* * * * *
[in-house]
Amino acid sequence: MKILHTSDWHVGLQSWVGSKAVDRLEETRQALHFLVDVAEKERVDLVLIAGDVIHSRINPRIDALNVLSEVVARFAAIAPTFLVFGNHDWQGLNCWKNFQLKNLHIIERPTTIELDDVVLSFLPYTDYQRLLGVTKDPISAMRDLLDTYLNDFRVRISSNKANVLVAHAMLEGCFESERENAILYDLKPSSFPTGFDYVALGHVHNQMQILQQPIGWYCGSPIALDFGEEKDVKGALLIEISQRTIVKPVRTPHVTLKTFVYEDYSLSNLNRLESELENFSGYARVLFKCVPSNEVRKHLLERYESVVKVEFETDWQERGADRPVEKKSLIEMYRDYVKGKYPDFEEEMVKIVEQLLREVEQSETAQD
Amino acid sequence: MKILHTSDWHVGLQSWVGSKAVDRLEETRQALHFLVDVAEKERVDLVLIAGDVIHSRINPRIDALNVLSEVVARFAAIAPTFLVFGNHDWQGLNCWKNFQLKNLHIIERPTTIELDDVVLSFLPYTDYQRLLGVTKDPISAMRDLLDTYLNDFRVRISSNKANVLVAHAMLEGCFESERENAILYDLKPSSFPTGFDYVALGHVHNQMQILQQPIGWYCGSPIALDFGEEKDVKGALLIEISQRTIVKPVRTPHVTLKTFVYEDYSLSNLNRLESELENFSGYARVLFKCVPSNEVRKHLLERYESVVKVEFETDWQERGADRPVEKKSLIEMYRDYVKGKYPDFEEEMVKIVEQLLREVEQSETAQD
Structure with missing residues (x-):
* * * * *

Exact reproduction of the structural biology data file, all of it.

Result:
[in-house]
Amino acid sequence: MKILHTSDWHVGLQSWVGSKAVDRLEETRQALHFLVDVAEKERVDLVLIAGDVIHSRINPRIDALNVLSEVVARFAAIAPTFLVFGNHDWQGLNCWKNFQLKNLHIIERPTTIELDDVVLSFLPYTDYQRLLGVTKDPISAMRDLLDTYLNDFRVRISSNKANVLVAHAMLEGCFESERENAILYDLKPSSFPTGFDYVALGHVHNQMQILQQPIGWYCGSPIALDFGEEKDVKGALLIEISQRTIVKPVRTPHVTLKTFVYEDYSLSNLNRLESELENFSGYARVLFKCVPSNEVRKHLLERYESVVKVEFETDWQERGADRPVEKKSLIEMYRDYVKGKYPDFEEEMVKIVEQLLREVEQSETAQD
Amino acid sequence: MKILHTSDWHVGLQSWVGSKAVDRLEETRQALHFLVDVAEKERVDLVLIAGDVIHSRINPRIDALNVLSEVVARFAAIAPTFLVFGNHDWQGLNCWKNFQLKNLHIIERPTTIELDDVVLSFLPYTDYQRLLGVTKDPISAMRDLLDTYLNDFRVRISSNKANVLVAHAMLEGCFESERENAILYDLKPSSFPTGFDYVALGHVHNQMQILQQPIGWYCGSPIALDFGEEKDVKGALLIEISQRTIVKPVRTPHVTLKTFVYEDYSLSNLNRLESELENFSGYARVLFKCVPSNEVRKHLLERYESVVKVEFETDWQERGADRPVEKKSLIEMYRDYVKGKYPDFEEEMVKIVEQLLREVEQSETAQD
Structure with missing residues (x-):